Significant differences emerged in the distribution of psychiatric disorders in the different forms associated with maltreatment considered [, ]. The sPTSD (see Table 1) was the most prevalent current psychopathological problem of each form of maltreatment. Compared to other forms of maltreatment, sPTSD was significantly more frequent in participants who have suffered sexual abuse, emotional abuse, physical abuse, and neglect (for the statistical comparisons see Supplementary Material available online at http://dx.doi.org/10.1155/2016/8654169, “Statistical Comparisons for Table  1”).


Form of maltreatment
SexualEmotionalPhysicalNeglect

Psychiatric disorders
 No psychiatric disorders2 (22.2%)4 (44.4%)1 (11.1%)2 (22.2%)9
 sPTSD18 (18.9%)39 (41.1%)13 (13.8%)25 (26.3%)95
 PTSD8 (57.1%)4 (28.6%)2 (14.3%)14
 Internalizing disorders9 (20%)17 (37.8%)4 (8.9%)15 (33.3%)45
 Externalizing disorders3 (13.6%)6 (27.3%)7 (31.8%)6 (27.3%)22

40702748185

The distribution of forms of maltreatment differed between age groups, , . In particular (see Table 2), in preschoolers physical abuse was less frequent than the other forms of maltreatment. In adolescents, the distribution of different forms of maltreatment did not differ. When we compared the three age groups in different forms of maltreatment, we found that in preadolescents emotional abuse was more frequent than in the two other groups. Moreover, sexual abuse was more frequent in preschoolers than in adolescents (for the statistical comparisons see Supplementary Material, “Statistical Comparisons for Table  2”).


Form of maltreatment
SexualEmotionalPhysicalNeglect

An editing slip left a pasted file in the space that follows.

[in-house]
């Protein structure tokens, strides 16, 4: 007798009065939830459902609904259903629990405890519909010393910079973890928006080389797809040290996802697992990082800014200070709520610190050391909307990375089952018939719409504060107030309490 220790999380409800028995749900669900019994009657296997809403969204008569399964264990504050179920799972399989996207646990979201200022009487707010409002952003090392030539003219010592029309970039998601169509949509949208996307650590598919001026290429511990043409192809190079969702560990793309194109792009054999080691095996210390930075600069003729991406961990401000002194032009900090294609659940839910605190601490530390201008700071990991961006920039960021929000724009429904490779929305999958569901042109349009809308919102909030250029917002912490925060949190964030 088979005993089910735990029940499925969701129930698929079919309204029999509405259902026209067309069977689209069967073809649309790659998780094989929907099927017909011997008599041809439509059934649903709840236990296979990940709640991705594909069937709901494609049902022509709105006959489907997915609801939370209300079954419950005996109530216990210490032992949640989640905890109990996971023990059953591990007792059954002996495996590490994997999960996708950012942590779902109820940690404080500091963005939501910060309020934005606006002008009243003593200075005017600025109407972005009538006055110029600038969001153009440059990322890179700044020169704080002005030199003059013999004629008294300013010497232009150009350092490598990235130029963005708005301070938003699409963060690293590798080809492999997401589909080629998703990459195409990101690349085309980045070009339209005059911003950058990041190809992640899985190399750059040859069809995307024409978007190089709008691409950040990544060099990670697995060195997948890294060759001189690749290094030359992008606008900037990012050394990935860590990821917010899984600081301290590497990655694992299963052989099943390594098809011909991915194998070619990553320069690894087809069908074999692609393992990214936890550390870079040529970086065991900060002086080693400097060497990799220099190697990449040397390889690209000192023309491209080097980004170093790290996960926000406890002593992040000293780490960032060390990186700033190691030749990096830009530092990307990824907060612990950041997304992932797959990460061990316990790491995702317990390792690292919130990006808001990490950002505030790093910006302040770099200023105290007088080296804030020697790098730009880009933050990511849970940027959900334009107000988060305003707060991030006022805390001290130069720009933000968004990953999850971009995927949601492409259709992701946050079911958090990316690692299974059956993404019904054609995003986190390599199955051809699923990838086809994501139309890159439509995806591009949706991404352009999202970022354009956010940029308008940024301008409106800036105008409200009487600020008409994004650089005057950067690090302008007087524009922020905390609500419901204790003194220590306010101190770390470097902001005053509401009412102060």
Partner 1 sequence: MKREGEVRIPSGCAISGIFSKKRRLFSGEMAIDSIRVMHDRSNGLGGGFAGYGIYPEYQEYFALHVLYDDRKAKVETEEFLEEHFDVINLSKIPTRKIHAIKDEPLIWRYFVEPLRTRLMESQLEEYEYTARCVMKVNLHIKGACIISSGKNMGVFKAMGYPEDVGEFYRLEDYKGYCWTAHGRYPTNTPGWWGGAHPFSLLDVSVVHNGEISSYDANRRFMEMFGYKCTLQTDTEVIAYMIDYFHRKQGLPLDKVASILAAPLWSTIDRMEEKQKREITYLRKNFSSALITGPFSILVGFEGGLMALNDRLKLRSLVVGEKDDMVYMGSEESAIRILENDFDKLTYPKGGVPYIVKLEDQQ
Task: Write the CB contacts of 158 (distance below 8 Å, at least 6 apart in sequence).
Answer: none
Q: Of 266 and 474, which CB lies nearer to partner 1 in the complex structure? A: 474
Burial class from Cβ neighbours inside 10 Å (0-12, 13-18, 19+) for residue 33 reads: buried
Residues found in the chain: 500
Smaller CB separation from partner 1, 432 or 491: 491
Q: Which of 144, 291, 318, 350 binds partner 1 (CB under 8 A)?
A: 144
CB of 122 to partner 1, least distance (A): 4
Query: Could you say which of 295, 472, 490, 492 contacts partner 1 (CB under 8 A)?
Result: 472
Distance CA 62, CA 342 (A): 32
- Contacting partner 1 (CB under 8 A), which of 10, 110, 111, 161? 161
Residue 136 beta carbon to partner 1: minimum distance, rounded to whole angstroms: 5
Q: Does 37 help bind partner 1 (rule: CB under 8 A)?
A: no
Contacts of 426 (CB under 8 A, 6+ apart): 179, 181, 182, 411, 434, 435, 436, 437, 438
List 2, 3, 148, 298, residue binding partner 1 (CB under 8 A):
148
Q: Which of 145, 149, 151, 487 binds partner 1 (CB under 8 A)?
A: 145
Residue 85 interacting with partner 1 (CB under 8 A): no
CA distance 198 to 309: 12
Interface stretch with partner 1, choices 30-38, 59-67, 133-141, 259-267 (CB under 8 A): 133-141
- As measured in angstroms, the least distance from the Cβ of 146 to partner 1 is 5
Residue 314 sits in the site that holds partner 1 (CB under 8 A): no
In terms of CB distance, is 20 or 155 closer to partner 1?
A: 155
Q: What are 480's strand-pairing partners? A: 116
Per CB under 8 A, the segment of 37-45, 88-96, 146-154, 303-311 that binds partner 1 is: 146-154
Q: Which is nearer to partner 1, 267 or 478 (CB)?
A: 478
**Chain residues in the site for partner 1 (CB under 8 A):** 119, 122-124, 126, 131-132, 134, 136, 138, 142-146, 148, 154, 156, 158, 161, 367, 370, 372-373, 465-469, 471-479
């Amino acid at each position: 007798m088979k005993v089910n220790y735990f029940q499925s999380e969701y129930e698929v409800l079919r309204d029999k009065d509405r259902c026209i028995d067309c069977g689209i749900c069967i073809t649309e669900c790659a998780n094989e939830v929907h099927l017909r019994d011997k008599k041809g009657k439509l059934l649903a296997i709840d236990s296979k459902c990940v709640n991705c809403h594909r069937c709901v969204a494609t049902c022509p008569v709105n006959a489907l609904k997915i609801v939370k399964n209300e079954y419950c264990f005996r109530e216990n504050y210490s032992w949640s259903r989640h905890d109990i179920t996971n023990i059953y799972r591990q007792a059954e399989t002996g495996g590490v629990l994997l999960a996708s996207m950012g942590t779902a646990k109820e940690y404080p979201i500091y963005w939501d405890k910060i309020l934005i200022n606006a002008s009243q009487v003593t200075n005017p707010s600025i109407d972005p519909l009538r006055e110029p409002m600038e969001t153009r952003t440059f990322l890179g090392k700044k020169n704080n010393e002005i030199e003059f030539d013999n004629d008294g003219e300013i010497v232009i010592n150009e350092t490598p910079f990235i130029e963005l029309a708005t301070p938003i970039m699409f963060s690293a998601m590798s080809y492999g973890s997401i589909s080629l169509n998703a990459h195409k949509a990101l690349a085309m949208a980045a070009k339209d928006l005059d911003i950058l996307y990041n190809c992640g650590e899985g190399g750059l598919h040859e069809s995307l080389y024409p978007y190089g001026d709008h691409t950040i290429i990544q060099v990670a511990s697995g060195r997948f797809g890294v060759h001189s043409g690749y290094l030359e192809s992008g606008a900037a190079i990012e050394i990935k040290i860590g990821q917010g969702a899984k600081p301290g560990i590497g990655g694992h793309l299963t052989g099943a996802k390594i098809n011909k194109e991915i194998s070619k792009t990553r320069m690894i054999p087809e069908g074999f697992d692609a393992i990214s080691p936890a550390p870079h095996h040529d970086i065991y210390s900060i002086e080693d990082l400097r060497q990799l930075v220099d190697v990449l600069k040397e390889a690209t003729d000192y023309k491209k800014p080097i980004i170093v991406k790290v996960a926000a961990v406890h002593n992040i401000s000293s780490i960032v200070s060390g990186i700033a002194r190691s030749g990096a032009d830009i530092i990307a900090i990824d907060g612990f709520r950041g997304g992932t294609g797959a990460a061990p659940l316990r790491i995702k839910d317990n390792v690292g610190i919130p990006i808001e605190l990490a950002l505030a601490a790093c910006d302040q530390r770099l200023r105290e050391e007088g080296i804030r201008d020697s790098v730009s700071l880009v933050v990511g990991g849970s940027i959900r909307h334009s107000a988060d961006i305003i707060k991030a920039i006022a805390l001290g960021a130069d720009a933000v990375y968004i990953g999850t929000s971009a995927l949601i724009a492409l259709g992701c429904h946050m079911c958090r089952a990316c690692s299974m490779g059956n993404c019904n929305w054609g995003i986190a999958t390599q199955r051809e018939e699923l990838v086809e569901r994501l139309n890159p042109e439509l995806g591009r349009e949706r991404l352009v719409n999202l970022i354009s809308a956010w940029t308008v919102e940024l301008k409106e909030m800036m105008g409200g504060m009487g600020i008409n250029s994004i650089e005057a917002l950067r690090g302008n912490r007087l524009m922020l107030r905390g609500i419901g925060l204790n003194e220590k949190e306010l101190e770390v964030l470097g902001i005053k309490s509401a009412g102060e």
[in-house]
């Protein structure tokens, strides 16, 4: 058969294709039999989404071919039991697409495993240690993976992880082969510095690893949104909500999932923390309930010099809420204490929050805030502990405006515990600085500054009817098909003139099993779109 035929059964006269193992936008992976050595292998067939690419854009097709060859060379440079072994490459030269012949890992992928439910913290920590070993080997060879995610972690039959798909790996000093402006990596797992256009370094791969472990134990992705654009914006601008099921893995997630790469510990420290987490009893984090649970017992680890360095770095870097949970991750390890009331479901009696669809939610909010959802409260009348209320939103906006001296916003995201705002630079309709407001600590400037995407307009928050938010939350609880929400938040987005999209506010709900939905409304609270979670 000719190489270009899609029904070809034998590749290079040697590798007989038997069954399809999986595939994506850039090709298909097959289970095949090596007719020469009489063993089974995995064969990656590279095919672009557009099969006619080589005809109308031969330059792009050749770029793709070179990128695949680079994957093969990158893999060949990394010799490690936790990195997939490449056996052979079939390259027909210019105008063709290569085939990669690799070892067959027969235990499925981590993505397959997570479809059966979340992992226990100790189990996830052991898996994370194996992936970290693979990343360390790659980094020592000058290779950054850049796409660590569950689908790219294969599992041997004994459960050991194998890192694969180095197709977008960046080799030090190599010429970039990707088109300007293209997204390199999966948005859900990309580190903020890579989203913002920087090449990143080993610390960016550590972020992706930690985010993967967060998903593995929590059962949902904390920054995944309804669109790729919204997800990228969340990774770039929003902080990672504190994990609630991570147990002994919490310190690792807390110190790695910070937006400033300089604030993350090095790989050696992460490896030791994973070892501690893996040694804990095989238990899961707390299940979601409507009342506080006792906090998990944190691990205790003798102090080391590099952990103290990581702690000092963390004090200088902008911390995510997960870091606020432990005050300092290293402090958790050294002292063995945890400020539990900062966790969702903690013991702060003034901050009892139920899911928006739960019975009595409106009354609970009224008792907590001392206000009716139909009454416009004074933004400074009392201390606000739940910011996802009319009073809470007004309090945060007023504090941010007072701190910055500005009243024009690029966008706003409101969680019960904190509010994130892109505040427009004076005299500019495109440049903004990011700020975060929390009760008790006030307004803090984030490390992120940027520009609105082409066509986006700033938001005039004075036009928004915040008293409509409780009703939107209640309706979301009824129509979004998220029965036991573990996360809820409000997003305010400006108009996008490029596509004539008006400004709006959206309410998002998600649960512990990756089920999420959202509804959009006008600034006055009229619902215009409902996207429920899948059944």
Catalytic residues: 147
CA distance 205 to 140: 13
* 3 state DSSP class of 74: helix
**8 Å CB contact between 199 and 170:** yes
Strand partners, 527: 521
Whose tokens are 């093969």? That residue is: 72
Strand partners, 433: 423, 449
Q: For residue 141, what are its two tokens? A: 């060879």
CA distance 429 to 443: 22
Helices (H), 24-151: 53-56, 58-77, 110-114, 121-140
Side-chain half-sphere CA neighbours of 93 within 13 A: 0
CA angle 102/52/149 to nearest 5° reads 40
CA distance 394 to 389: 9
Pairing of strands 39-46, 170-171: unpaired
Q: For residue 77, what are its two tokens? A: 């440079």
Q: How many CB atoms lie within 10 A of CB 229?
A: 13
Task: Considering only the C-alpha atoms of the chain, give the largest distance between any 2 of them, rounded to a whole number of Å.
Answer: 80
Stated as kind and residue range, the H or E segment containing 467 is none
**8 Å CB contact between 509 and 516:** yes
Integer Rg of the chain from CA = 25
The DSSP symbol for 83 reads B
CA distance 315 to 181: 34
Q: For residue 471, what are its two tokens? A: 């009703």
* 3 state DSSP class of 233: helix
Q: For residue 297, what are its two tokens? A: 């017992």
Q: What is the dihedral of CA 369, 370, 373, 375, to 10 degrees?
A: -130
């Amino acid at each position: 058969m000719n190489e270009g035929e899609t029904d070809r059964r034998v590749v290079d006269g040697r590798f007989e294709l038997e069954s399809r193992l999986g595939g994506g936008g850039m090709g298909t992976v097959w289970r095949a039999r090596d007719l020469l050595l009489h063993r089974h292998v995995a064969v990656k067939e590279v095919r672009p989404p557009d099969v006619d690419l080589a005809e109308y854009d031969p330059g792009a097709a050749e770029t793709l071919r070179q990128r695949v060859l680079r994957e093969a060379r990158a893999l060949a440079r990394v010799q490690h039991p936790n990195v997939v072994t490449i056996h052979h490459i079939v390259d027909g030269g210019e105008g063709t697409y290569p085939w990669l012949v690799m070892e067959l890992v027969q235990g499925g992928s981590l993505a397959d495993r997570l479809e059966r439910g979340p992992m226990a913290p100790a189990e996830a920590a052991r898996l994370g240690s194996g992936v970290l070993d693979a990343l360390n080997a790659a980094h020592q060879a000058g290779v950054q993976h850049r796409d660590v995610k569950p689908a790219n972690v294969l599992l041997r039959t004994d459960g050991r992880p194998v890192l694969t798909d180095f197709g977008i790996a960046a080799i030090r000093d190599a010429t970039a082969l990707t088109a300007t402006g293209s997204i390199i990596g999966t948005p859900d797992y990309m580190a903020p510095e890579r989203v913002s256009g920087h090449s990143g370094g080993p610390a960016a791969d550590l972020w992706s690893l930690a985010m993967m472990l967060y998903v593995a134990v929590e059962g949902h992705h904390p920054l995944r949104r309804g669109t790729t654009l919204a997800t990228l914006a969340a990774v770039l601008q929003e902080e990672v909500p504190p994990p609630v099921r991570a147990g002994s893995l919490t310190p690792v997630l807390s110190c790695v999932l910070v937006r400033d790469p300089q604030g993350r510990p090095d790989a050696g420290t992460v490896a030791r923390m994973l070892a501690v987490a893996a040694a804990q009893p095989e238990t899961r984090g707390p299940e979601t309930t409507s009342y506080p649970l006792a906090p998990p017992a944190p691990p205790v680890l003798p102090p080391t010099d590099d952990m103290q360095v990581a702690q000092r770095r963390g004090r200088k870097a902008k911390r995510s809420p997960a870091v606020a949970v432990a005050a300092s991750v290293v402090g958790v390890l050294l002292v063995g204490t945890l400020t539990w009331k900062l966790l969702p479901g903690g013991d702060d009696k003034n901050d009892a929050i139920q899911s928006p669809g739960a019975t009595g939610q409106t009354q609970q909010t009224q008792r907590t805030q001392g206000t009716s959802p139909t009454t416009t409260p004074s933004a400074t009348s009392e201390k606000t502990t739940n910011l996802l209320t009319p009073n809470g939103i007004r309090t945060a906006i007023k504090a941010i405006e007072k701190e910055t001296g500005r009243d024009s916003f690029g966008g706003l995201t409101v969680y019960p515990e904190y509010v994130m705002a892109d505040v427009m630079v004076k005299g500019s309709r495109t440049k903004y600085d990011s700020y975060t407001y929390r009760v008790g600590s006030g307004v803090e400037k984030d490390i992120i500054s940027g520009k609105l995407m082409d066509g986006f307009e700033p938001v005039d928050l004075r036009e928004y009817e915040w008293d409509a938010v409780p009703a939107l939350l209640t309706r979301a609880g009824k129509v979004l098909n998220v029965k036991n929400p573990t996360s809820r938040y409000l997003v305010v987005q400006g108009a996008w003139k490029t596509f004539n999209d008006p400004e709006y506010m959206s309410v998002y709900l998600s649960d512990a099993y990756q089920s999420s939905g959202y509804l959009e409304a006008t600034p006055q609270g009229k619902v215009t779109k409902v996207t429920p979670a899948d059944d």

Age
 Preschoolers20 (33.3%)22 (36.7%)5 (8.3%)13 (21.7%)11.9
 Preadolescents13 (13.1%)44 (44.4%)15 (15.2%)27 (27.3%)24.6
 Adolescents7 (27%)4 (15%)7 (27%)8 (31%)1.04

6.334.46.212.1

Note. After stepwise correction: , , and .

The distribution of psychiatric disorders among age groups did not differ [, ]. A gender analysis was also conducted and a significant difference emerged [, ] (see Table 3). While, in males, the most frequent form of maltreatment was emotional abuse, in females, physical abuse was less frequent than the other forms. When directly comparing females with males in forms of maltreatment, it emerged that sexual abuse was more frequent in females than in males (for the statistical comparisons see Supplementary Material, “Statistical Comparisons for Table  3”). Moreover, in females as well in males (see Table 4), sPTSD was the most frequent psychiatric disorder. When directly comparing female participants with male participants in psychiatric disorders, it was found that only externalizing disorders were more frequent in males than females (for the statistical comparisons see Supplementary Material, “Statistical Comparisons for Table  4”).


Form of maltreatment
SexualEmotionalPhysicalNeglect

Gender
 Males13 (14.4%)39 (43.3%)18 (20%)20 (22.2)17.3
 Females27 (28.4%)31 (32.6%)9 (9.5%)28 (29.5)12.6

4.90.931.3

Note. After stepwise correction: , , and .

Psychiatric disorder
No psychiatric disorderssPTSDPTSDInternalizing disordersExternalizing disorders

Gender
 Males3 (3.3%)41 (45.6%)4 (4.4%)24 (26.7%)18 (20%)54.8
 Females6 (6.3%)5 (56.8%)10 (10.5%)21 (22.1%)4 (4.2%)62.5

10.092.60.028.9

Note. After stepwise correction: , and  .

Finally, with regard to the history of psychiatric disorders, data showed that age at time of maltreatment in children with family history of psychiatric disorders (mean = 5.82, sd = 2.96) was lower [, ] than the age of children without family history of psychiatric disorders (mean = 7.41, sd = 3.46). However, the distribution of different types of maltreatment, of psychiatric disorders, and of gender did not differ between children with or without family history of psychiatric disorders ( always > .10).

4. Discussion

Our study explores the current psychopathological problems in maltreated children assessed by a clinical examination. Results documented that more than half of children and adolescents did not meet the full criteria for a diagnosis of psychopathological disorder. However, the distribution of sPTSD was found to be the most prevalent current psychopathological problems associated with maltreatment. Our results also showed that the incidence of PTSD in children after exposure to a traumatic event is lower than that reported in adults [43, 44].